All through this I was in excellent health with no symptoms and it was only because DCA caused peripheral neuropathy that I cut my dosage in half and only took it half as often in the three months leading up to my CT scan last November and my small tumor in a lung grew a little bit though the radiologist still classed me as stable and my oncologist suggested this was the time to stop DCA and go on chemo.

    For five months my tumors grew while I looked for a clinical trial but I was disqualified from some and rejected others and have now been on first line chemo for six weeks.

    I am alive and in good health, still no symptoms of cancer, and I and a lot of doctors, researchers and oncologist will agree with me that it was DCA that gave me life and quality of life for almost two years.

    DCA in conjunction with other chemos, targeted drugs or something that will counter peripheral neuropathy could well figure in a cure for many cancers.

    A recent study of 5FU, a drug I am taking at this minute from a force fed bottle on my hip, and DCA showed in petrie dishes that DCA kills X amount of colon cancer cells and 5FU kills X amount of colon cancer cells and together they kill a 4X amount colon cancer cells.

    And DCA works on stem like colon cancer cells not just fast dividing cancer cells like standard first line chemo. DCA also works on a metabolic pathway that is common to all or almost all types of cancer cells. And DCA is a small molecule that can past the blood brain barrier.

    I am not the only one that has had a good experience with DCA. Medicor of Toronto Canada has treated a lot of cancer patients with DCA and is about to produce a paper claiming that they have CURED three Stage IV cancer patients with no hope of cure with standard chemo using “palliative chemo” and DCA. And there are others, check out thedcasite.com.

  8. Miss Cellania says:

    A half-dozen people sent me this story, so I took a look. The links were dodgy and confusing, so I forgot it. Then I saw it linked at several places. I think Hubpages has a enthusiastic PR department.

  9. Anonymous says:

    Disgusting actions by people to make a buck.

    Of course, the psychic from the Dr. Oz show would have probably told us as much.

    I think that’s more of the point to the story. Everyone had such high hopes for the internet, that it wouldn’t be another way to scam people and debase our collective knowledge. Then this crap comes along.

  10. Pres says:

    “Protip: If the author of a story on a random website doesn’t tell you their real name then that should be the first clue to be skeptical of what they have to say.”

    You mean for example when an author calls himself “Orac”? ;-)

    Just kidding. Great article. Thanks!

  11. Anonymous says:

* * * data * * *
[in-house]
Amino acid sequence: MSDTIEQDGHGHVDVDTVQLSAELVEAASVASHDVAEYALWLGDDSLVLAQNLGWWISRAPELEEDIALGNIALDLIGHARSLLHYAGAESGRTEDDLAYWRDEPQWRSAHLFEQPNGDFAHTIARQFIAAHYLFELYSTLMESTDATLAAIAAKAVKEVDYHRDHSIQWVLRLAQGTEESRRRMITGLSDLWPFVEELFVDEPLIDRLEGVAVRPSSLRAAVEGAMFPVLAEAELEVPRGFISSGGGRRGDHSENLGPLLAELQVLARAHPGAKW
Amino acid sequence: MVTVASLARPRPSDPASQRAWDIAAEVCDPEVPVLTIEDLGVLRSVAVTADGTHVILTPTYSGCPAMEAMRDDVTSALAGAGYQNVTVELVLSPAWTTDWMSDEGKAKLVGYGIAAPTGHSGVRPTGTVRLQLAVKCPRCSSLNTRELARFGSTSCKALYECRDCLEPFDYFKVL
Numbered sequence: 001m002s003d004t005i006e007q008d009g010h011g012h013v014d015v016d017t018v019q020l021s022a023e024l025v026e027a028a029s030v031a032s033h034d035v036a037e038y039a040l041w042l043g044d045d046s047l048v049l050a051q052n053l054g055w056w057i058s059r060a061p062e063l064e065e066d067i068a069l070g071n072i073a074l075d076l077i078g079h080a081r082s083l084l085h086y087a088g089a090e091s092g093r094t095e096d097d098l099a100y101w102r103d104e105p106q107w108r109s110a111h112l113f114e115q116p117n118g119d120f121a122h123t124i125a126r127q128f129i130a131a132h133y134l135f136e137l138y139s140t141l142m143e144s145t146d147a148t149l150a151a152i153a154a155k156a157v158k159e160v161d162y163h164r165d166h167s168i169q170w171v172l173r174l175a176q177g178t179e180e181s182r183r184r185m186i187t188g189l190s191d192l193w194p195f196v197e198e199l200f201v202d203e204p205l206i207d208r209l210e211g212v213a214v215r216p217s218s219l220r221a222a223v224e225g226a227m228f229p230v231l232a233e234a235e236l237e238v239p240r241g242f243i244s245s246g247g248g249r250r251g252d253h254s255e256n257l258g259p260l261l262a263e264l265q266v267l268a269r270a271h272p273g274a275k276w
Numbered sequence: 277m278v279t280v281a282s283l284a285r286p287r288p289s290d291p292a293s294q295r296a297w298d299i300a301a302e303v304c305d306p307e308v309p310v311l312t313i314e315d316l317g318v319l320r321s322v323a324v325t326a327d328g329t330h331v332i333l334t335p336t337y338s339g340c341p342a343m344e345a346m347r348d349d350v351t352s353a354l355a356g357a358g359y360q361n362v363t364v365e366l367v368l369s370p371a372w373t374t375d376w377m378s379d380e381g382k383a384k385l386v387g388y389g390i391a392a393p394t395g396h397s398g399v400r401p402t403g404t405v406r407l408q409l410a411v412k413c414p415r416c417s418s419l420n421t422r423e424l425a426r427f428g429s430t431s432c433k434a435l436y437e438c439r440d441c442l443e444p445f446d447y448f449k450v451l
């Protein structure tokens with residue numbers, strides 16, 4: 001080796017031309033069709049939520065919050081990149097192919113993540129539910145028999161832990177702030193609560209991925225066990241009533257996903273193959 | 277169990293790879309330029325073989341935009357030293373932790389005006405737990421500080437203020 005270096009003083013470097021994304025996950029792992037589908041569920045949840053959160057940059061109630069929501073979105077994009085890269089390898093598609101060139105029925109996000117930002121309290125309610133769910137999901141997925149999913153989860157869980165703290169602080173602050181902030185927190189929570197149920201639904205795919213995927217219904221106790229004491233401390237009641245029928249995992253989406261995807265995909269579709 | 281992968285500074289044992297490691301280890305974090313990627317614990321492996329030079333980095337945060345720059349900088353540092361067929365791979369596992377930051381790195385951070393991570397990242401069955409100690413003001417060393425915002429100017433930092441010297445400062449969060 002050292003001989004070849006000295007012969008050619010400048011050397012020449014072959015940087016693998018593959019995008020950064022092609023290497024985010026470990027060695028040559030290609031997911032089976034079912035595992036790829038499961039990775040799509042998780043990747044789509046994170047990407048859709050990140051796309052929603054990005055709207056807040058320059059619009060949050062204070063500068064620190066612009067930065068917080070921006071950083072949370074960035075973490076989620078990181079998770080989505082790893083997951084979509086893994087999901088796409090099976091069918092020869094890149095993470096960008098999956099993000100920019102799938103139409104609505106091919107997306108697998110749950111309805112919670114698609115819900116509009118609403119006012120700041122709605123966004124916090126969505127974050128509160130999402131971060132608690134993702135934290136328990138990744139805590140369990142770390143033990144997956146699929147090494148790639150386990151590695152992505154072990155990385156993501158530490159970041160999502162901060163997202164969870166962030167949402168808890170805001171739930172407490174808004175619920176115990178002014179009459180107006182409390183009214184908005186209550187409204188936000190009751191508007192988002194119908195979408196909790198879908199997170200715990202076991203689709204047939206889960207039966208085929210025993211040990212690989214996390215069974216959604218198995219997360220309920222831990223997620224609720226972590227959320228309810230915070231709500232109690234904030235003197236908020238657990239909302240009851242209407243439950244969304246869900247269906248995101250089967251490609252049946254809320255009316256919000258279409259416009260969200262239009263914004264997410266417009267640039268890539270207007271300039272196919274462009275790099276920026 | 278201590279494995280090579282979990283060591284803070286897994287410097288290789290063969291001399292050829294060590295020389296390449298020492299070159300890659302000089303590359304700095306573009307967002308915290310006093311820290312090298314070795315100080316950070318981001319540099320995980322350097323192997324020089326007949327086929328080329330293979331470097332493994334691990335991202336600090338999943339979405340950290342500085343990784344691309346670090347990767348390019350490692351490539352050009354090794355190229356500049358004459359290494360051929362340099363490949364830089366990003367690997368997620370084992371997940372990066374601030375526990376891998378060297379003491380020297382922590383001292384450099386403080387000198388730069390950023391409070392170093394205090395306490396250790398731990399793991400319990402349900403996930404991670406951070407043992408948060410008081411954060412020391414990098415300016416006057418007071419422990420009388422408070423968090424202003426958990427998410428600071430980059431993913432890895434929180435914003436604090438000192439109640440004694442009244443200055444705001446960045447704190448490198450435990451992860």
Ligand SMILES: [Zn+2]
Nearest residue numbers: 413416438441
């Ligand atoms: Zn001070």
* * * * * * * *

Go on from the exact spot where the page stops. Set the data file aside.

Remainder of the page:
oh robmx, the problem is that you don’t know whether DCA did anything or not.

    my wife has a rare, generally untreatable, aggressive cancer (a sarcoma). it’s not usually treated with chemo until late, late stages, because no chemo is known to cure it. none. ever.

    she had a sluggish tumor that hung around barely growing, for 3 years. her docs pointed out, correctly, that if we had given her chemo, we would have thought it was working – but her tumors just weren’t growing that much. and chemo had nothing to do with it.

    now she’s on chemo.

    it can’t be emphasized enough how research works.

    first you give people a proposed treatment – but generally only when they’ve got no other choices. because it would be unethical and monstrous to use them as guinea pigs and kill them with something really dangerous if they otherwise might live. these are often small groups of people and any apparent benefits might be a statistical accident – but at least you know you’re not killing people by trying this.

    now if a treatment doesn’t appear to make people die faster, you can go on to giving it to a wider group. then you can really tell if it shows promise. so it’s very likely effective for *some* people if it passes this stage.

    finally, you can give it to people who have multiple options and evaluate if it’s safe, effective, and good enough to use as a general treatment option, and under what conditions.

    but without going through these steps, you’re just grasping at straws. straws that may kill you, or make you die sooner, or just make you miserable with no real benefit.

  12. Anonymous says:

    Back in Jan 2007 when the Cancer Cell journal article came out my dear friend and sister in law was dying of breast cancer. DCA is the most hope I have had for efficacious cancer treatment since forever, thus I have been following Dr Evangelos Michelakis at the University of Alberta and his work since then. The thing that is holding up the DCA research more than anything is lack of money. It is expensive to hold clinical trials… in the many millions. Add to that the fact that drug companies will not do nor fund the research because the drug has been on the market for over 40 years treating kids with mitochondrial disease, and therefore cannot be proprietary to them. There is no money in it, and they are a business. So donations from people like you or me is what is funding the clinical trials. The website http://www.dca.med.ualberta.ca/ has the latest info and will accept donations. All Blessings, Maggie

  13. Xander says:

    Actual link from LIVE SCIENTIST dot com

    http://www.livescience.com/14206-big-pharma-ignoring-potential-cancer-cure.html

    I could recount the entire article explaining quite clearly why the release of DCA is not happening from pharmaceuticals, but that would appear conspiratorial by you and yours.